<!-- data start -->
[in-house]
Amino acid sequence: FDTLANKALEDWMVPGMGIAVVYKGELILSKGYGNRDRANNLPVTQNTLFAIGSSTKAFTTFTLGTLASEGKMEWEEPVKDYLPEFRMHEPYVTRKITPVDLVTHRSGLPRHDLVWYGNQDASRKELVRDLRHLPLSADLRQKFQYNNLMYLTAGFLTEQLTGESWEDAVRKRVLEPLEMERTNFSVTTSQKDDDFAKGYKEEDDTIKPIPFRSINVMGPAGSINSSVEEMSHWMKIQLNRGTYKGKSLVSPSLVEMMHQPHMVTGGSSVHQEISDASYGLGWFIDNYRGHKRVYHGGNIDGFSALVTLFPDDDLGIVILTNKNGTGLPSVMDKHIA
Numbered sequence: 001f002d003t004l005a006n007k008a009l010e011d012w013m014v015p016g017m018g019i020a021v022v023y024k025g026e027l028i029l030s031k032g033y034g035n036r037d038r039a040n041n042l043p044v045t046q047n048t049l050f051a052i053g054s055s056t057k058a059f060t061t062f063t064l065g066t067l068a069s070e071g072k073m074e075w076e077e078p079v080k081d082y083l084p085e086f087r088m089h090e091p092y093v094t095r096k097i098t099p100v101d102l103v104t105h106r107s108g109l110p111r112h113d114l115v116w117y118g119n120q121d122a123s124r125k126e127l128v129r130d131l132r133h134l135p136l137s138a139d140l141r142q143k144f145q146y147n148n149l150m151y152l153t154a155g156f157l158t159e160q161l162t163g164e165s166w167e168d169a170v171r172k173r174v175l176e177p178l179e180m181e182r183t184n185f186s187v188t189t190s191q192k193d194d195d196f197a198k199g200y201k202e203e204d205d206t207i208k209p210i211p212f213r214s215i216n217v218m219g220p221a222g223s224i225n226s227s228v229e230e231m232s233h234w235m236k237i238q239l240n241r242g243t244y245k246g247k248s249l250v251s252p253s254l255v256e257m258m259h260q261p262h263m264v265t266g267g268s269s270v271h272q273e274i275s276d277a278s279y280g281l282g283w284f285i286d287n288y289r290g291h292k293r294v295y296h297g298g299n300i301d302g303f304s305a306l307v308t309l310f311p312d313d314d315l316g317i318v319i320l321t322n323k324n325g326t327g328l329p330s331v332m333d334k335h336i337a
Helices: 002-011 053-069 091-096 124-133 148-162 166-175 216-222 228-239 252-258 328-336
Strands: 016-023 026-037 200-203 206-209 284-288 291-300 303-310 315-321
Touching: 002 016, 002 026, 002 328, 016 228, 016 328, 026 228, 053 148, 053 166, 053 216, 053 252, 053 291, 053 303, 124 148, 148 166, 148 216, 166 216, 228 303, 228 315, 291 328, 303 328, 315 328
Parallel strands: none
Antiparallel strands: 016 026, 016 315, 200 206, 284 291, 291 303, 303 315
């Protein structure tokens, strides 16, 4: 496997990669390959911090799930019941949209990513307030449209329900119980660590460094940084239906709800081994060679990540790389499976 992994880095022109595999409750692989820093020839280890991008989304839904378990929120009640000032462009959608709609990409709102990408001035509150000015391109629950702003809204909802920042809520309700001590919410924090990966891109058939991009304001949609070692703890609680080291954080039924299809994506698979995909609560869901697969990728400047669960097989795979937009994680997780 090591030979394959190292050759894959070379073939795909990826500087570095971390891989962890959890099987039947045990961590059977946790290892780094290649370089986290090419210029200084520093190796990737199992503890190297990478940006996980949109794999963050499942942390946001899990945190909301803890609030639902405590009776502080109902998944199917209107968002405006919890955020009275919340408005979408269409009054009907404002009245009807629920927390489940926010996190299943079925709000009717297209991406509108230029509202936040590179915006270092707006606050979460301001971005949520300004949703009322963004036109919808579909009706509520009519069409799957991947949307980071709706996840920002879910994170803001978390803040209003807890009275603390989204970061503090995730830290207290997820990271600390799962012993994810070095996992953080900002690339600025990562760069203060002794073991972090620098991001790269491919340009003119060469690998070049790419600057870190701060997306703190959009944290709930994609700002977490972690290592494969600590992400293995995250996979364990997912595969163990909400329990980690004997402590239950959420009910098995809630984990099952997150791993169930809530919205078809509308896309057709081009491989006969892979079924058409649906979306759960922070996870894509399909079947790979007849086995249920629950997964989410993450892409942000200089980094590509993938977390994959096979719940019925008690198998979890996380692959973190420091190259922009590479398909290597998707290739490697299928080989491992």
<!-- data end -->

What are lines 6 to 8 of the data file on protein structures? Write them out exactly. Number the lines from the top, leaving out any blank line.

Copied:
Touching: 002 016, 002 026, 002 328, 016 228, 016 328, 026 228, 053 148, 053 166, 053 216, 053 252, 053 291, 053 303, 124 148, 148 166, 148 216, 166 216, 228 303, 228 315, 291 328, 303 328, 315 328
Parallel strands: none
Antiparallel strands: 016 026, 016 315, 200 206, 284 291, 291 303, 303 315